PR Week recently published an article that delved into how large businesses organised their global communications programmes.
The conclusion after gathering insight from a number of in-house and agency sources was that there isn’t necessarily a best practice, rather a list of ways in which this can be done. This is a fair reflection of the reality of global comms; there isn’t a one size fits all solution and it very much depends on what you are trying to achieve. It also isn’t the case that multi-territory campaigns always require pots of cash to implement. Many clients are taking advantage of media globalisation and realise that by choosing the right media, creating engaging content, and carefully controlling messaging, you can be very frugal in your approach.
Liberty works with a number of clients on global campaigns. One of our multi-territory clients is a global contract manufacturer in the high tech space for whom we’re helping to extend its marketing beyond the US and into Europe, directly supporting sales activity. The campaign is centrally managed out of the UK and includes developing digital assets and then using global digital media outlets to engage and take audiences on a journey through to sales. Regionalisation is handled centrally, and because messaging is sales focused, on-the-ground sales teams will feed into approvals and amendments, through our global client in San Francisco.
Similar to this, but in consumer marketing, was the recent launch of the new Range Rover Sport in New York. This a great example of a centrally managed global campaign without local territory support. Hiring a global icon to front the launch – Daniel Craig, aka James Bond – and the controlled use of global media distribution channels via Richard Young, an iconic society photographer in his own right, meant that this story was always going to cross borders. So no need for regional offices to curate the content; it was a media juggernaut that had to be managed centrally.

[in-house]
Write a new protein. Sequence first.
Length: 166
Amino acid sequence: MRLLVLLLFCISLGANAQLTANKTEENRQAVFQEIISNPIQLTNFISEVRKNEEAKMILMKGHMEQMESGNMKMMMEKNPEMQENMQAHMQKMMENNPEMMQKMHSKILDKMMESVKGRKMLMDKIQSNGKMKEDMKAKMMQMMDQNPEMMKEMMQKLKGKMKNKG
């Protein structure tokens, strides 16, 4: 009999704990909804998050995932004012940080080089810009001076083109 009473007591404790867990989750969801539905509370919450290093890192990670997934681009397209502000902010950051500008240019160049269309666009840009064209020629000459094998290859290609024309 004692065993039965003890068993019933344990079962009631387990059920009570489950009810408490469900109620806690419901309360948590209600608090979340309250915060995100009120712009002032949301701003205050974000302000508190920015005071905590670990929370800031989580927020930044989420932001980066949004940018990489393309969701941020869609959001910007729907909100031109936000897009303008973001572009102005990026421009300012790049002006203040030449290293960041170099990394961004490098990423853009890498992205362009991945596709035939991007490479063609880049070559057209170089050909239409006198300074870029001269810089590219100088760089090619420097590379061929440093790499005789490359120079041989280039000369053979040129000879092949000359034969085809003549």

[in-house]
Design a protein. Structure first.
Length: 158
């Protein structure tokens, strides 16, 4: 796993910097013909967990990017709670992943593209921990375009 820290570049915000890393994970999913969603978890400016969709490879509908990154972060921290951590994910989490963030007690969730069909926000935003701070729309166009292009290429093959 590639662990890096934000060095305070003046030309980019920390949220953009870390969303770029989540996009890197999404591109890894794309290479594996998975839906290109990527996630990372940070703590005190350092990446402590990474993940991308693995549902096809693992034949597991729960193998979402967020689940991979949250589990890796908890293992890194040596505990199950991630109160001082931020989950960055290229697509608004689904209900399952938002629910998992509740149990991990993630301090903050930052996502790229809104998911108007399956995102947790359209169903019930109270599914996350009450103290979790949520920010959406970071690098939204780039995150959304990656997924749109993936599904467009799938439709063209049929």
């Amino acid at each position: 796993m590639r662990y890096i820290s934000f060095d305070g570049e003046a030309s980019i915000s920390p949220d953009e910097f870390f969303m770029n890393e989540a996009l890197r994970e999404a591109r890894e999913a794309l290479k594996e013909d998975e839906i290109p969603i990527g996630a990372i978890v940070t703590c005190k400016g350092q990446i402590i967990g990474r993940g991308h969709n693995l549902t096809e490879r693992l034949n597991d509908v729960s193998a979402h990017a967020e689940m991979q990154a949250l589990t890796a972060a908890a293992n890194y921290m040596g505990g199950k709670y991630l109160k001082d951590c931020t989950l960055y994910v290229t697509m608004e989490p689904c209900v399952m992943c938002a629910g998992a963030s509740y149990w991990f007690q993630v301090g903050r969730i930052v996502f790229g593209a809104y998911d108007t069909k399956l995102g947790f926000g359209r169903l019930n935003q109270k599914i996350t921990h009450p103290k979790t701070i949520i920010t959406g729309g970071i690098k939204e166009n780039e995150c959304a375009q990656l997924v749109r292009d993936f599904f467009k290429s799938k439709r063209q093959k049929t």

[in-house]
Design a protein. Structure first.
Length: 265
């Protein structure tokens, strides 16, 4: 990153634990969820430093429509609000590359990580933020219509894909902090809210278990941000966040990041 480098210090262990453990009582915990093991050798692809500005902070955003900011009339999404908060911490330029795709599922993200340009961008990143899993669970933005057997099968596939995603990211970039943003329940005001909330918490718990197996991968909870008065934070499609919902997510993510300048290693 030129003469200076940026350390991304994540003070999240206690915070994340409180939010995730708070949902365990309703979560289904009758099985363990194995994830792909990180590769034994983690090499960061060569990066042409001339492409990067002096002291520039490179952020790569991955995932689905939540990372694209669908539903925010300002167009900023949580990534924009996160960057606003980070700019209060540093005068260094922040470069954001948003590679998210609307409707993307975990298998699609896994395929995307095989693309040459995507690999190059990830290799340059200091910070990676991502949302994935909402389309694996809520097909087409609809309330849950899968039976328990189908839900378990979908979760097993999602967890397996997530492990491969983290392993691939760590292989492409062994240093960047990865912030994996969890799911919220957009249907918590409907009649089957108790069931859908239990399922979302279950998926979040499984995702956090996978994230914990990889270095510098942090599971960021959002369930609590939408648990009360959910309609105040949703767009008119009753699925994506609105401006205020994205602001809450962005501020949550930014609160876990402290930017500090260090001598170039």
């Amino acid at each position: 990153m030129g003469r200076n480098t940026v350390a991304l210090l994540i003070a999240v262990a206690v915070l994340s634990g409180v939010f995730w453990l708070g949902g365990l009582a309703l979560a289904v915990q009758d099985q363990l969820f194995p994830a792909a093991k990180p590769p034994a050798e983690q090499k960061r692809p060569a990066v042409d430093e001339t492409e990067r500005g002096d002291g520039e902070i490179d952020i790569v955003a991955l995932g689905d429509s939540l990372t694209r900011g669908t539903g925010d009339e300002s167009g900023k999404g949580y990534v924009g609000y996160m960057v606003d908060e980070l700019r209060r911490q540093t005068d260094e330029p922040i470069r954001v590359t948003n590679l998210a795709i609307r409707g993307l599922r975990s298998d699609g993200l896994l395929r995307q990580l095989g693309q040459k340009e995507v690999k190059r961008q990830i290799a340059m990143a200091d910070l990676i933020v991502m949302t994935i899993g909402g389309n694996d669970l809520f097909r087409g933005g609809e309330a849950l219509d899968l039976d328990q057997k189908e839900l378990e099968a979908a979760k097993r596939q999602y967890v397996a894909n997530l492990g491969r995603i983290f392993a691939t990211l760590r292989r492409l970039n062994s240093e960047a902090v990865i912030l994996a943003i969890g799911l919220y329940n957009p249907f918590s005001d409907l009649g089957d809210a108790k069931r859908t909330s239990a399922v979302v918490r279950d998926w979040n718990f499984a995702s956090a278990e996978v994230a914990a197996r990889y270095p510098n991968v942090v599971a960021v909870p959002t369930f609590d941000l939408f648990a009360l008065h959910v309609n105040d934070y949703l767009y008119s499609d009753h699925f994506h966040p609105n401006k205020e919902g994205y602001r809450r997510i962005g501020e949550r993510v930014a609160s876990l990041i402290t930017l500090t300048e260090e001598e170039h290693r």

Where local offices can be very effective is on-going marketing and PR support where there is a clear benefit. Regional press offices, for example, that simply must be on the ground to recognise locally-specific issues and cultural differences, particularly where politics is involved. Another is media buying, either at a country by country level or wider regional level, such as APAC, where relationships and volume can make a big difference to placement and buying power.
Because there will never be a one size fits all global model, the most sensible happy medium for marketing agencies that work on global business is to take the central hub approach covering off key regions; that way you’re never too far away from being able to tailor your approach from campaign to campaign and client to client.